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I have polygons in the form:

[(1,2), (2,4), (3,4), (5,6)]

I need tessellation to draw them, but glutess is too complicated. Opengl cannot handle convex polygons.

I think I need something like:

http://www.math.uiuc.edu/~gfrancis/illimath/windows/aszgard_mini/pylibs/OpenGLContext/scenegraph/polygontessellator.py

But I don't understand how to use it. Can anyone give me a clear example?

It have to use pyopengl as it has to integrate with another project (pygame etc won't work)

Alternatively, is there a way of buidling a trimesh from a line array?

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I am actually working on the same thing for rendering vector graphics in python! While putting this sample code together, I found this resource useful for understanding the gluTesselator (although that link does not use python). Below is the sample code that renders a concave polygon with two holes (another potential limitation of raw OpenGL without GLU) that does not have any of the custom classes I typically use and utilizes the (slow and terrible) immediate mode for simplicity. The triangulate function contains the relevant code for creating a gluTesselator.

from OpenGL.GLU import *
from OpenGL.GL import *
from pygame.locals import *
import pygame
import sys

def triangulate(polygon, holes=[]):
    """
    Returns a list of triangles.
    Uses the GLU Tesselator functions!
    """
    vertices = []
    def edgeFlagCallback(param1, param2): pass
    def beginCallback(param=None):
        vertices = []
    def vertexCallback(vertex, otherData=None):
        vertices.append(vertex[:2])
    def combineCallback(vertex, neighbors, neighborWeights, out=None):
        out = vertex
        return out
    def endCallback(data=None): pass

    tess = gluNewTess()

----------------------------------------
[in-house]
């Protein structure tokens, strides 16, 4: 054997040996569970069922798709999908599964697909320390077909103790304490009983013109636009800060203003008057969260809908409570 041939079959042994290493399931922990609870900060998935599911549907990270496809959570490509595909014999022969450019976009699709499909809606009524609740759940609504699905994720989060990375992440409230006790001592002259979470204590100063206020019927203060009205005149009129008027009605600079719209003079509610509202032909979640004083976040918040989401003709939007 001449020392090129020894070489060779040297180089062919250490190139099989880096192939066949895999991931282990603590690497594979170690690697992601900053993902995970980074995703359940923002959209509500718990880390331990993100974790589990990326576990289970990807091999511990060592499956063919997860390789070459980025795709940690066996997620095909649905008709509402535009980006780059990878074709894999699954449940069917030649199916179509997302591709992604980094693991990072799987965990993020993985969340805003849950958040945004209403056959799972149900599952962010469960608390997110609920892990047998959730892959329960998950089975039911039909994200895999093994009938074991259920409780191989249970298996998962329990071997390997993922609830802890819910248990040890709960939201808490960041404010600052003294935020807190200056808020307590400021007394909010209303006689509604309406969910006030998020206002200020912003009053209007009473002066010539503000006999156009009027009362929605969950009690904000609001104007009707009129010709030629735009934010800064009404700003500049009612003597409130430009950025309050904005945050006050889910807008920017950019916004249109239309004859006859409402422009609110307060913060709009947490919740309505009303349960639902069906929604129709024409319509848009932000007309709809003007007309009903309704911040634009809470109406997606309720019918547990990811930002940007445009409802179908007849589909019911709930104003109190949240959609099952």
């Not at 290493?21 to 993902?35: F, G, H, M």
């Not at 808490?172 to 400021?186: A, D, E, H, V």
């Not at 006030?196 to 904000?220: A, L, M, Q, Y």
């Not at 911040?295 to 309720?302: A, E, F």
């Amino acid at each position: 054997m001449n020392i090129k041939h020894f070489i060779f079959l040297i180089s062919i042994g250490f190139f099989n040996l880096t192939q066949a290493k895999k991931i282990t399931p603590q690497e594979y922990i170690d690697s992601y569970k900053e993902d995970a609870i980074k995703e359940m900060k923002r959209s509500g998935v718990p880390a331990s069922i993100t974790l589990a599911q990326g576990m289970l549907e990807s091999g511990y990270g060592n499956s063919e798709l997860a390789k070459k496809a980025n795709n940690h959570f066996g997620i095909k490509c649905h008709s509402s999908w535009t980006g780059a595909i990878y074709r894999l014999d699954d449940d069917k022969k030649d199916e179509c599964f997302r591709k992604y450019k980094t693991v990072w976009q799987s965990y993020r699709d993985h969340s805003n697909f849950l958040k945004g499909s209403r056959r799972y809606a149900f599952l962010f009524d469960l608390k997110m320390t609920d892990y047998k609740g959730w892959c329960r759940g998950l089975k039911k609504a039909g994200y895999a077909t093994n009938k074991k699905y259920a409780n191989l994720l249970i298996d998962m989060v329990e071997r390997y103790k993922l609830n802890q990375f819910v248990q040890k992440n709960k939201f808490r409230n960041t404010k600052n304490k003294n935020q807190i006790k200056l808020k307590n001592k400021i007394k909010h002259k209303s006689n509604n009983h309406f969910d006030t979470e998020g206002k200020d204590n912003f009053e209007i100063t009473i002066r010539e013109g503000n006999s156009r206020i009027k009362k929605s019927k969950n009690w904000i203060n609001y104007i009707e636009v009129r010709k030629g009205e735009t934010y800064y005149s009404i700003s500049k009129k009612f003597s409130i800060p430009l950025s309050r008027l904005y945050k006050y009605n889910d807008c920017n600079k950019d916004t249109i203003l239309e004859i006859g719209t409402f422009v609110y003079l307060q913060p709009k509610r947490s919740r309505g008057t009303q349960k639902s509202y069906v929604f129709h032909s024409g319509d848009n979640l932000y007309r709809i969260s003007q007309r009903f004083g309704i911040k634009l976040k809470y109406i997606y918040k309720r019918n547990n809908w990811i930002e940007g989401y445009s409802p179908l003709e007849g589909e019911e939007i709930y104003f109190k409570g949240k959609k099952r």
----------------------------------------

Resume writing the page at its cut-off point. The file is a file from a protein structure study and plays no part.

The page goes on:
gluTessProperty(tess, GLU_TESS_WINDING_RULE, GLU_TESS_WINDING_ODD)
    gluTessCallback(tess, GLU_TESS_EDGE_FLAG_DATA, edgeFlagCallback)#forces triangulation of polygons (i.e. GL_TRIANGLES) rather than returning triangle fans or strips
    gluTessCallback(tess, GLU_TESS_BEGIN, beginCallback)
    gluTessCallback(tess, GLU_TESS_VERTEX, vertexCallback)
    gluTessCallback(tess, GLU_TESS_COMBINE, combineCallback)
    gluTessCallback(tess, GLU_TESS_END, endCallback)
    gluTessBeginPolygon(tess, 0)

    #first handle the main polygon
    gluTessBeginContour(tess)
    for point in polygon:
        point3d = (point[0], point[1], 0)
        gluTessVertex(tess, point3d, point3d)
    gluTessEndContour(tess)

    #then handle each of the holes, if applicable
    if holes != []:
        for hole in holes:
            gluTessBeginContour(tess)
            for point in hole:
                point3d = (point[0], point[1], 0)
                gluTessVertex(tess, point3d, point3d)
            gluTessEndContour(tess)

    gluTessEndPolygon(tess)
    gluDeleteTess(tess)
    return vertices

if __name__ == "__main__":
    width, height = 550, 400
    pygame.init()
    pygame.display.set_mode((width, height), DOUBLEBUF|OPENGL)
    pygame.display.set_caption("Tesselation Demo")
    clock = pygame.time.Clock()
    glClear(GL_COLOR_BUFFER_BIT)
    glClear(GL_DEPTH_BUFFER_BIT)
    glMatrixMode(GL_PROJECTION)
    glLoadIdentity()
    glOrtho(0, width, height, 0, -1, 1)#flipped so top-left = (0, 0)!
    glMatrixMode(GL_MODELVIEW)
    glLoadIdentity()

    #define the polygon and some holes
    polygon = [(0, 0), (550, 0), (550, 400), (275, 200), (0, 400)]
    hole1 = [(10, 10), (10, 100), (100, 100), (100, 10)]
    hole2 = [(300, 50), (350, 100), (400, 50), (350, 200)]
    holes = [hole1, hole2]
    vertices = triangulate(polygon, holes=holes)

    while True:
        for event in pygame.event.get():
            if event.type == pygame.QUIT:
                pygame.quit()
                sys.exit()

        glColor(1, 0, 0)
        glBegin(GL_TRIANGLES)
        for vertex in vertices:
            glVertex(*vertex)
        glEnd()

        pygame.display.flip()
        clock.tick_busy_loop(60)

The output of the above code should look like this: enter image description here

Also, as a side note, you can use pygame with pyopengl as the code sample above shows. However, I personally prefer to use pysdl2 to provide the window for my application rather than pygame, which is based on the older sdl 1.2 and seems abandoned. I only use pygame in the above sample as it is more concise to work with in a demo.

  • Great. Very helpful! – user972014 Aug 7 '18 at 16:43
  • @user972014 Thanks for reminding me about this answer. Now I can go back and add the image to it! – CodeSurgeon Aug 8 '18 at 3:32

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